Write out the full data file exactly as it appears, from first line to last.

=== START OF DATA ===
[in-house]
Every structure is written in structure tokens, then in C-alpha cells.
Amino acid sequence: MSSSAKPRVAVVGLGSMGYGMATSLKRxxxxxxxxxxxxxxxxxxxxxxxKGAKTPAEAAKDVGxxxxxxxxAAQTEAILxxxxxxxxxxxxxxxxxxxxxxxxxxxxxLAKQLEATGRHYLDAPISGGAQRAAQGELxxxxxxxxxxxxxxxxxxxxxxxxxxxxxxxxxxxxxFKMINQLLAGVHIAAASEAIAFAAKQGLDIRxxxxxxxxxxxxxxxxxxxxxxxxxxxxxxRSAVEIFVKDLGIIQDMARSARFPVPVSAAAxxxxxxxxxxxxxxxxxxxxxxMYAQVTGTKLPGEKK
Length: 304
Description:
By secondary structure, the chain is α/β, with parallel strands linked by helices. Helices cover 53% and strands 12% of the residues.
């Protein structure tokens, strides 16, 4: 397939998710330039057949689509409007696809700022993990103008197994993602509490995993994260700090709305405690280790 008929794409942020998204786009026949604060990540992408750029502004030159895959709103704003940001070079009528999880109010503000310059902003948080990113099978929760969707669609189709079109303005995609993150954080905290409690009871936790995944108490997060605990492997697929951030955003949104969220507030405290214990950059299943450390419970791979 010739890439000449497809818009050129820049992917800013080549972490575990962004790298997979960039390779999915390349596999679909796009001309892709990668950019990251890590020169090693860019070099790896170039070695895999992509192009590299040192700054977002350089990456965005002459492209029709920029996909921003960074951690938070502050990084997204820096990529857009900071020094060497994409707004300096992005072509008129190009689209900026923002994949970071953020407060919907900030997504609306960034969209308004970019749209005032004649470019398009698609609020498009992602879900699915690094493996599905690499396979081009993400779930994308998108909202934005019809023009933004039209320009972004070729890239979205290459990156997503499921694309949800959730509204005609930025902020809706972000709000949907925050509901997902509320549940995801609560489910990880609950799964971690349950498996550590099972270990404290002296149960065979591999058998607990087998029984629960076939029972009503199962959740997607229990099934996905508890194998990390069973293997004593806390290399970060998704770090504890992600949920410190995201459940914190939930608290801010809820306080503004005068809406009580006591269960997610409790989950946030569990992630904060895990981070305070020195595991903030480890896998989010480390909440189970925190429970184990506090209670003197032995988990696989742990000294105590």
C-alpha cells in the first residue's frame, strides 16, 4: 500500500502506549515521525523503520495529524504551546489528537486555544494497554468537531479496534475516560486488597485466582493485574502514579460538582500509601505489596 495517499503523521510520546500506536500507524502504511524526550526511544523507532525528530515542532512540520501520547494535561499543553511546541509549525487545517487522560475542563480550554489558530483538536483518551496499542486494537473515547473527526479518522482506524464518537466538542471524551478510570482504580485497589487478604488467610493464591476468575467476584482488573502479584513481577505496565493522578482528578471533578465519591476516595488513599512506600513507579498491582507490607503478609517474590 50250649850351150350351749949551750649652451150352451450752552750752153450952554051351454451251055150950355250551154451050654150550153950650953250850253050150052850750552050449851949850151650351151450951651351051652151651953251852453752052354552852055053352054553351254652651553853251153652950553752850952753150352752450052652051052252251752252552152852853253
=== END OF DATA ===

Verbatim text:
[in-house]
Every structure is written in structure tokens, then in C-alpha cells.
Amino acid sequence: MSSSAKPRVAVVGLGSMGYGMATSLKRxxxxxxxxxxxxxxxxxxxxxxxKGAKTPAEAAKDVGxxxxxxxxAAQTEAILxxxxxxxxxxxxxxxxxxxxxxxxxxxxxLAKQLEATGRHYLDAPISGGAQRAAQGELxxxxxxxxxxxxxxxxxxxxxxxxxxxxxxxxxxxxxFKMINQLLAGVHIAAASEAIAFAAKQGLDIRxxxxxxxxxxxxxxxxxxxxxxxxxxxxxxRSAVEIFVKDLGIIQDMARSARFPVPVSAAAxxxxxxxxxxxxxxxxxxxxxxMYAQVTGTKLPGEKK
Length: 304
Description:
By secondary structure, the chain is α/β, with parallel strands linked by helices. Helices cover 53% and strands 12% of the residues.
């Protein structure tokens, strides 16, 4: 397939998710330039057949689509409007696809700022993990103008197994993602509490995993994260700090709305405690280790 008929794409942020998204786009026949604060990540992408750029502004030159895959709103704003940001070079009528999880109010503000310059902003948080990113099978929760969707669609189709079109303005995609993150954080905290409690009871936790995944108490997060605990492997697929951030955003949104969220507030405290214990950059299943450390419970791979 010739890439000449497809818009050129820049992917800013080549972490575990962004790298997979960039390779999915390349596999679909796009001309892709990668950019990251890590020169090693860019070099790896170039070695895999992509192009590299040192700054977002350089990456965005002459492209029709920029996909921003960074951690938070502050990084997204820096990529857009900071020094060497994409707004300096992005072509008129190009689209900026923002994949970071953020407060919907900030997504609306960034969209308004970019749209005032004649470019398009698609609020498009992602879900699915690094493996599905690499396979081009993400779930994308998108909202934005019809023009933004039209320009972004070729890239979205290459990156997503499921694309949800959730509204005609930025902020809706972000709000949907925050509901997902509320549940995801609560489910990880609950799964971690349950498996550590099972270990404290002296149960065979591999058998607990087998029984629960076939029972009503199962959740997607229990099934996905508890194998990390069973293997004593806390290399970060998704770090504890992600949920410190995201459940914190939930608290801010809820306080503004005068809406009580006591269960997610409790989950946030569990992630904060895990981070305070020195595991903030480890896998989010480390909440189970925190429970184990506090209670003197032995988990696989742990000294105590």
C-alpha cells in the first residue's frame, strides 16, 4: 500500500502506549515521525523503520495529524504551546489528537486555544494497554468537531479496534475516560486488597485466582493485574502514579460538582500509601505489596 495517499503523521510520546500506536500507524502504511524526550526511544523507532525528530515542532512540520501520547494535561499543553511546541509549525487545517487522560475542563480550554489558530483538536483518551496499542486494537473515547473527526479518522482506524464518537466538542471524551478510570482504580485497589487478604488467610493464591476468575467476584482488573502479584513481577505496565493522578482528578471533578465519591476516595488513599512506600513507579498491582507490607503478609517474590 50250649850351150350351749949551750649652451150352451450752552750752153450952554051351454451251055150950355250551154451050654150550153950650953250850253050150052850750552050449851949850151650351151450951651351051652151651953251852453752052354552852055053352054553351254652651553853251153652950553752850952753150352752450052652051052252251752252552152852853253